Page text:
The Dana Foundation, Cerebrum
The Time of Your Life

Each morning we wake up from a night of sleep, and each day we eat our regularly timed meals, go through our normal routines, and fall asleep again for another night. This rhythm, so-called circadian—after the Latin words circa diem (“about a day”) —underlies a wide variety of human physiological functions, including sleep-wake cycles, body temperature, hormone secretion, locomotor activity, and feeding behavior. 

The Cyclic AMP Pathway, CREM and Melatonin Synthesis

A key question in the field of transcription is how extracellular signals, elicited for example by hormones and growth factors, lead to modulation in gene expression. The second messenger cAMP is critical in a large variety of neuronal, endocrine and metabolic responses. We discovered and characterized the CREM gene whose complex structure allows remarkable flexibility so as to generate a variety of transcription factors with multiple functions (Foulkes et al. 1991; de Groot et al. 1994). Among these, the CREM gene leads to the dynamic synthesis of an inducible cAMP early repressor (ICER) that is responsible for the transcriptional attenuation of cAMP-dependent early activation of many genes (Molina et al. 1993; Stehle et al. 1993). ICER protein stability is timed so to allow for a new transcriptional activation cycle, generating a transcriptional-translational feedback loop that controls several genes, with implications to neuronal, hormonal and endocrine responses (Foulkes et al. 1996). Among the genes controlled by the CREM-ICER couple, there is the one encoding the 5HT N-acetyltransferase, the rate-limiting enzyme in the melatonin synthesis pathway in the pineal gland (Foulkes et al. 1996a; 1996b). Thus, the CREM transcription factor modulates the oscillatory levels of the circadian hormone melatonin.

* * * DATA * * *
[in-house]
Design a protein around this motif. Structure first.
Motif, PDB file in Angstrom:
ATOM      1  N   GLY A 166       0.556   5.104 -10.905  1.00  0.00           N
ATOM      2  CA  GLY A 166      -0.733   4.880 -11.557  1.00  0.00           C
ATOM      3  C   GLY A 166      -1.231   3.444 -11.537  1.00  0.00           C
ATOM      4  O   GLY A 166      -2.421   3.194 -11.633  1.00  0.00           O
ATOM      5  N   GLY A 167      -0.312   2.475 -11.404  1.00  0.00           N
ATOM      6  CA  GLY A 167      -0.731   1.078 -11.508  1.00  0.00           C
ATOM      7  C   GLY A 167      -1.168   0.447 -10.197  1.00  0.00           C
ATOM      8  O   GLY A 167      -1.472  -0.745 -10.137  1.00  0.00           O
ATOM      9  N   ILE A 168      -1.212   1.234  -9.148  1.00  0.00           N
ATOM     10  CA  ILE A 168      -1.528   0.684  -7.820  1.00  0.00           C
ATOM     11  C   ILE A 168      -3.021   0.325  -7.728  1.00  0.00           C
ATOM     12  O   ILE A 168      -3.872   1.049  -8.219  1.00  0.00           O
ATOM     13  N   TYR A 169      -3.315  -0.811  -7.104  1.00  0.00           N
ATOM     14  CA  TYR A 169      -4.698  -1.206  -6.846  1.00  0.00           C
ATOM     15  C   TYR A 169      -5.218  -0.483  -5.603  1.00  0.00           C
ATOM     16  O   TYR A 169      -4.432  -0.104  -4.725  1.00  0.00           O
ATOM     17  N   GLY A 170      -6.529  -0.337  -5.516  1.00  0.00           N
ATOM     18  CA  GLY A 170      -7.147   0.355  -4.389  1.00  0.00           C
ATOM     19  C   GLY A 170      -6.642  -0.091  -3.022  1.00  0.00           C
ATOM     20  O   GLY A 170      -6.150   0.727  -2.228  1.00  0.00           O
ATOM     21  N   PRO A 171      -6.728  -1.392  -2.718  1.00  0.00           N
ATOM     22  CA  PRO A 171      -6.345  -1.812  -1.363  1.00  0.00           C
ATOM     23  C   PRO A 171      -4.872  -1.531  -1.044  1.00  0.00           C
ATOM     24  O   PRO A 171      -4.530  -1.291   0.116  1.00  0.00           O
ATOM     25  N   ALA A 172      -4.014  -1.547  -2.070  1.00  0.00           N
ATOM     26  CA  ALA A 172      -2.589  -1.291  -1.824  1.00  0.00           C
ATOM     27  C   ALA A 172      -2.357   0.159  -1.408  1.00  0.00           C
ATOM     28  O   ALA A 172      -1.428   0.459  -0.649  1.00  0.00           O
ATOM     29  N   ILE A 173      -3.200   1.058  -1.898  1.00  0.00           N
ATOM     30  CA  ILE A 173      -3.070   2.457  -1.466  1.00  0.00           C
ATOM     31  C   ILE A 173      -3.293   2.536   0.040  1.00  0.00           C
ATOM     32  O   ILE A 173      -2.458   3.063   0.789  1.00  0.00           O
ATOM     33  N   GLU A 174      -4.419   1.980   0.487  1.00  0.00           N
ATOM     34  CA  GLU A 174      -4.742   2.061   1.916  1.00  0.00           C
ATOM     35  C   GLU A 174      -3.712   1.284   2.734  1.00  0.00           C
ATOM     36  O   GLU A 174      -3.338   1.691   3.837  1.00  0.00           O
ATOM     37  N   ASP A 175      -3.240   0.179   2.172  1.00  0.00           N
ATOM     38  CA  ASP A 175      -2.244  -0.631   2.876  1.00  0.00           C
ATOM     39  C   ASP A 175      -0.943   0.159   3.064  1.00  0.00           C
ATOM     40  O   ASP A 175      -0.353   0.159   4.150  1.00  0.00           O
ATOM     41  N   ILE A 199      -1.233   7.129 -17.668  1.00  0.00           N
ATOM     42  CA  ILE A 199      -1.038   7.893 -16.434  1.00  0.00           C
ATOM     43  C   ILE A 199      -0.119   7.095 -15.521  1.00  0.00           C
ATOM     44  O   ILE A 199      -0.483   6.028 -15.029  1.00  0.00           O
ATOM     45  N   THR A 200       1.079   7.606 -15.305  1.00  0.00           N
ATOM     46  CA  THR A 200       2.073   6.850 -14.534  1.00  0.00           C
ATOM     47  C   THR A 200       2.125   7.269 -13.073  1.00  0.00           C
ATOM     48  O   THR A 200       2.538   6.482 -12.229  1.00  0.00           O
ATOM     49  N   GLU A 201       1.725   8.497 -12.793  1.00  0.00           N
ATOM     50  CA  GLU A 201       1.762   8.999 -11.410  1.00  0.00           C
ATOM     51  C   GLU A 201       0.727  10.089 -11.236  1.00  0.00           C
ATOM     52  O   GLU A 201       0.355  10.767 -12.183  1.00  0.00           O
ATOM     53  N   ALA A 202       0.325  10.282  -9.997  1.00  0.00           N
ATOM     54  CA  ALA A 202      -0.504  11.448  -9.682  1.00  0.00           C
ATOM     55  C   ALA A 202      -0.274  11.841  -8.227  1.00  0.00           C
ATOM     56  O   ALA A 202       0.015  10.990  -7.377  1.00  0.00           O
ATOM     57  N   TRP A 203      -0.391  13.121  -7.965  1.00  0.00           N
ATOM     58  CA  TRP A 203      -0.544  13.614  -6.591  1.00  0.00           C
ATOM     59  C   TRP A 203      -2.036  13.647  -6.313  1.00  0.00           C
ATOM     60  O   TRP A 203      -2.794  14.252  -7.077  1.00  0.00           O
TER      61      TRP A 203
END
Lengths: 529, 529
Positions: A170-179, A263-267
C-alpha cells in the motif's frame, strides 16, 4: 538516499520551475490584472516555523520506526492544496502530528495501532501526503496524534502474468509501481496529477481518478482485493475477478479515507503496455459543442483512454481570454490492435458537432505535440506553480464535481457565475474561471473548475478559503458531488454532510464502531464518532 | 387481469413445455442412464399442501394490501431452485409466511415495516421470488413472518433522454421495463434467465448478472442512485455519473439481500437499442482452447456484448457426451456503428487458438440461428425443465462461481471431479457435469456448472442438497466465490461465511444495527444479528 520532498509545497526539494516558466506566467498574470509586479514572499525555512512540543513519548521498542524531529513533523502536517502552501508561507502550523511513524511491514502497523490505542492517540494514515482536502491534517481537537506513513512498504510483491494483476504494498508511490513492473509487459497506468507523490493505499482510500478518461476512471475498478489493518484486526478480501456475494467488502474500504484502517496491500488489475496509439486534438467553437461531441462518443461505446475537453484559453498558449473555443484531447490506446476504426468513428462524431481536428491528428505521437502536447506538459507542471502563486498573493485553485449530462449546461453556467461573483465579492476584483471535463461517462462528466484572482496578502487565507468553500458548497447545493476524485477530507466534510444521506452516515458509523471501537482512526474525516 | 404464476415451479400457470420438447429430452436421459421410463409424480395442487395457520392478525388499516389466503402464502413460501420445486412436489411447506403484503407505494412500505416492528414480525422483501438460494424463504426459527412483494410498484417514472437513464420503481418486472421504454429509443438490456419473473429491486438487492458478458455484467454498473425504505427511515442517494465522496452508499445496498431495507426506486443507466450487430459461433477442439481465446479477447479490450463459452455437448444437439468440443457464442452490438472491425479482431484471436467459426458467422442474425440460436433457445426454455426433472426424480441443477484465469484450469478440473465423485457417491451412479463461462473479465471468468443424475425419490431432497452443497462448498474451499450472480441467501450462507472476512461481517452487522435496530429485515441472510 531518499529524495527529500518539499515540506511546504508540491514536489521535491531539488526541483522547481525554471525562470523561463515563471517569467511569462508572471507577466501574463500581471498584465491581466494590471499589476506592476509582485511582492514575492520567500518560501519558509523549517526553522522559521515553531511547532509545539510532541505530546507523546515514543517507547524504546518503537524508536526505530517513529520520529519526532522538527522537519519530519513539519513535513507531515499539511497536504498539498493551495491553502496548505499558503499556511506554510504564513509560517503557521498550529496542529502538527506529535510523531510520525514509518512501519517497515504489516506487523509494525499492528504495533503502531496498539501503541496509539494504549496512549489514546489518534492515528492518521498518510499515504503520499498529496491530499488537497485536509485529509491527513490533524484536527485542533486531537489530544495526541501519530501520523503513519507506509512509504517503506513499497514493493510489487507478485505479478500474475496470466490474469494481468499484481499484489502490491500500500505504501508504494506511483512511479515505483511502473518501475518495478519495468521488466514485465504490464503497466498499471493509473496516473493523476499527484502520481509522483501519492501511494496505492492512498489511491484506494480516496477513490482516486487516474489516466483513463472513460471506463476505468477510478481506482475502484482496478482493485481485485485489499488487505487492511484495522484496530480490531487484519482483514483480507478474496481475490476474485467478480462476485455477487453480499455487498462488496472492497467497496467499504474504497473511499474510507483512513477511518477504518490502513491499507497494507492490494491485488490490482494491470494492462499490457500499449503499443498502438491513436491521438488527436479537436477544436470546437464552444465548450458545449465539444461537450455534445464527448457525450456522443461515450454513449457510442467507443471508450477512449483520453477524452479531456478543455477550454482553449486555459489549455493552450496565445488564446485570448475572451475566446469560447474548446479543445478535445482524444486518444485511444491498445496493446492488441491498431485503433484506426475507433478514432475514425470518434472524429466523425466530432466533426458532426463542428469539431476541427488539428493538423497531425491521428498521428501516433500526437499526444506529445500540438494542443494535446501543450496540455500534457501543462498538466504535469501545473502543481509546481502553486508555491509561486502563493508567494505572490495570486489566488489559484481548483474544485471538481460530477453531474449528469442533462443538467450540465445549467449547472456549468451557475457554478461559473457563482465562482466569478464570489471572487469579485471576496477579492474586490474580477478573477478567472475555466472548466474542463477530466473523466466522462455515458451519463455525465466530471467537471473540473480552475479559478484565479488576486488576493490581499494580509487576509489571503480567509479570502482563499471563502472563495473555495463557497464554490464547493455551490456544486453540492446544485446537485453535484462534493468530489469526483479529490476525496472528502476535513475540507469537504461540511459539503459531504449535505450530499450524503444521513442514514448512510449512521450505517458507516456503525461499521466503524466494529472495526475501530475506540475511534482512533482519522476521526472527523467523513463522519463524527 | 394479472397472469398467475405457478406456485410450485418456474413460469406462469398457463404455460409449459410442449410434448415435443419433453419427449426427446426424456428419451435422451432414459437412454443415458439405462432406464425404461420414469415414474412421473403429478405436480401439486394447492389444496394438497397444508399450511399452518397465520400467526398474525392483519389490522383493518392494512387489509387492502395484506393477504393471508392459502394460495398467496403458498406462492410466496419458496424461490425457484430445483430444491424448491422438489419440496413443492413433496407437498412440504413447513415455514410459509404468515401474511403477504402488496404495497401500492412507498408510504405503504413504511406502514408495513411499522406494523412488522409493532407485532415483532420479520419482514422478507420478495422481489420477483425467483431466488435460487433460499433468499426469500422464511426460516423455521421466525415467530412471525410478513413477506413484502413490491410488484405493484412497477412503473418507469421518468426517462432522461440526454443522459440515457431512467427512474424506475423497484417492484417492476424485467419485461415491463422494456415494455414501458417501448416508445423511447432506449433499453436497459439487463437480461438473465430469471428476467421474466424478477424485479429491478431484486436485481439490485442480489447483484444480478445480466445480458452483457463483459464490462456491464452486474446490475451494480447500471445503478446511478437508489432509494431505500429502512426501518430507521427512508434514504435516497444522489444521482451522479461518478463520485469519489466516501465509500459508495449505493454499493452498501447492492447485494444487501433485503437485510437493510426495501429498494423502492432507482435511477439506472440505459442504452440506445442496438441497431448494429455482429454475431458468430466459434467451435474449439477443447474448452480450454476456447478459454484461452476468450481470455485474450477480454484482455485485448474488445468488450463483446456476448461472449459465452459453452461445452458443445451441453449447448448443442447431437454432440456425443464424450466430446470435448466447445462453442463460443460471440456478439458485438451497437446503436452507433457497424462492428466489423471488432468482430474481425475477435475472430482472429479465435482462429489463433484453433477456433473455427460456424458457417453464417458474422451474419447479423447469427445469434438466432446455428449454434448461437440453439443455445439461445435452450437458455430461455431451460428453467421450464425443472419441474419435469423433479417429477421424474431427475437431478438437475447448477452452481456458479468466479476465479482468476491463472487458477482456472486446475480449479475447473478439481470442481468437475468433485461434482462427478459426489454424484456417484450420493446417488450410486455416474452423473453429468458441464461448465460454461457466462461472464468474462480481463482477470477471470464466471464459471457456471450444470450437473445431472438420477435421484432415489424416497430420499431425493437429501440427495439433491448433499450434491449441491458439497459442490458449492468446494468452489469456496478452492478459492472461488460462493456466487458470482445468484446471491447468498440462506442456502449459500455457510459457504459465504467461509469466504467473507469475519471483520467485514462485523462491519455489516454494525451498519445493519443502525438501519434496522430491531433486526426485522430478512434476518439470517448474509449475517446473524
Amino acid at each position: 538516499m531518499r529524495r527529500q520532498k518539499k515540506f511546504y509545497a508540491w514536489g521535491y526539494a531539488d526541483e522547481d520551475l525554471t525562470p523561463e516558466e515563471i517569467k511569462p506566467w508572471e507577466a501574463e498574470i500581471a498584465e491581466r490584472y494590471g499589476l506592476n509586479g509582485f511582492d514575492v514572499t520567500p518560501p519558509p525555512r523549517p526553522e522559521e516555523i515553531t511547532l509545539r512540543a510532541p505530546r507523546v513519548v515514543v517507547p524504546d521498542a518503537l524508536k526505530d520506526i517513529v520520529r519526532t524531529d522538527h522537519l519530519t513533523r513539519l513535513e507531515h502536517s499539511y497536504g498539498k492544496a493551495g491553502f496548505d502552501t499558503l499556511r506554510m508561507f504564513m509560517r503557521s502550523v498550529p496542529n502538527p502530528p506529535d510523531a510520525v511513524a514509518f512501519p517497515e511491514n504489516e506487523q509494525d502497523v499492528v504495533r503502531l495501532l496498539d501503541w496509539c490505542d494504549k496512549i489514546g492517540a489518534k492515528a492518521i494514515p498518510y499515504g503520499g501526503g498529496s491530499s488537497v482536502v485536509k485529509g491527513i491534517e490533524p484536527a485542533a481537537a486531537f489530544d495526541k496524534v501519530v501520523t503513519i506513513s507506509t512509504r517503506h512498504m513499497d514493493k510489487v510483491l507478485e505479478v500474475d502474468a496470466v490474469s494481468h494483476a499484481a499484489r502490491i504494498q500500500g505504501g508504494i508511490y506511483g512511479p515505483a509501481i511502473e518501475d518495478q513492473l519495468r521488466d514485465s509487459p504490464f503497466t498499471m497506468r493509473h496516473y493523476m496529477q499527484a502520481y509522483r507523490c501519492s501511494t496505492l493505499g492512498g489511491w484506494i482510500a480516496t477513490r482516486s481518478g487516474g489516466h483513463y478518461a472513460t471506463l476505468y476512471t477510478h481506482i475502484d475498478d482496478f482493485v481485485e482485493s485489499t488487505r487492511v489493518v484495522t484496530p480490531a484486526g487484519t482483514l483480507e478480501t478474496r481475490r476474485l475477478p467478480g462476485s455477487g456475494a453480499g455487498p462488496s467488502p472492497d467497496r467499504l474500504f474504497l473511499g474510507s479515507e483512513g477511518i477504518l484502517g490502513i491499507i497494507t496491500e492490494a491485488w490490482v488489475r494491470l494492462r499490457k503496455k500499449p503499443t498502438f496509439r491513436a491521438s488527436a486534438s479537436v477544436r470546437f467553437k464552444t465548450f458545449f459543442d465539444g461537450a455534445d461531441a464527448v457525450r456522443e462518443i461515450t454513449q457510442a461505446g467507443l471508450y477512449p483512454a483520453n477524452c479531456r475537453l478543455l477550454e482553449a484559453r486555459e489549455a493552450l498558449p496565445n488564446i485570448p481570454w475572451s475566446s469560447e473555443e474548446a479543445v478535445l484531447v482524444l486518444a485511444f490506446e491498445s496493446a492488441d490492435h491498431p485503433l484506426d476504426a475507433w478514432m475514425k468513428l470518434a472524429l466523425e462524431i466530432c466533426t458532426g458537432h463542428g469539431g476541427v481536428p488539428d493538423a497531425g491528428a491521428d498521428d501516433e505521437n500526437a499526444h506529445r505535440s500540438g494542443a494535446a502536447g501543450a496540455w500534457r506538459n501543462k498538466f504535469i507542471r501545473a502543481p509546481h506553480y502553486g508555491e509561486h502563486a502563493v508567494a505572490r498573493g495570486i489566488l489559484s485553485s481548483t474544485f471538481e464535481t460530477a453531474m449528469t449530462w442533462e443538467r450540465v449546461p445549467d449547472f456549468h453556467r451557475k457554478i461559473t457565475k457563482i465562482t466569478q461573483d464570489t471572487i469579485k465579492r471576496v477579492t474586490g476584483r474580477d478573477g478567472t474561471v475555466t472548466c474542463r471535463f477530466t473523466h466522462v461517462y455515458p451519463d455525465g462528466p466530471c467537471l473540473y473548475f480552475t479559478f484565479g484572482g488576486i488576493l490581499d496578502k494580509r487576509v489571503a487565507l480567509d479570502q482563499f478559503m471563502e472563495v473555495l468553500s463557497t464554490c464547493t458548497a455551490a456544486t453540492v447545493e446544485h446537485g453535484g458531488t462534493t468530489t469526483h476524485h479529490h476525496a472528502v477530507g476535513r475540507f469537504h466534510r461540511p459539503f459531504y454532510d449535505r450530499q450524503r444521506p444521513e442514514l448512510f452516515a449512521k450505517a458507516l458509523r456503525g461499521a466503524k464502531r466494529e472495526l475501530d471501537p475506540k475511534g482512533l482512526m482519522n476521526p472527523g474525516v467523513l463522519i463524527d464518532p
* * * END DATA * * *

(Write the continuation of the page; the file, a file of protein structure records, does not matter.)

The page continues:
A network of clocks and their interplay
The central clock in the suprachiasmatic nucleus (SCN) controls various endocrine and metabolic functions. Neurons of the SCN undergo oscillations in depolarization and gene expression. The SCN indirectly controls oscillations of humoral factors coming from other tissues, such as the pineal and adrenal cortex. Other tissues also maintain circadian output through positive and negative feedback loops within cells that make up different compartments of the tissue. Oscillations in humoral factors control the circadian release of factors from the periphery, such as ghrelin, leptin, insulin and glucose, and these in turn provide positive and negative feedback to the brain. Melatonin, which is released in a circadian fashion from the pineal gland, is involved in feed- back regulation of the SCN, where melatonin receptors are abundantly expressed. Thus, the periphery may influence brain functions, and specifically SCN neurons, through yet undefined feedback mechanisms. Additional elements, such as food intake and exercise, may uncouple peripheral tissues from the central clock. Indeed, time-restricted feeding (TRF) experiments, as well as time-specific exercise, have been shown to have fundamentally distinct metabolic effects on peripheral clocks.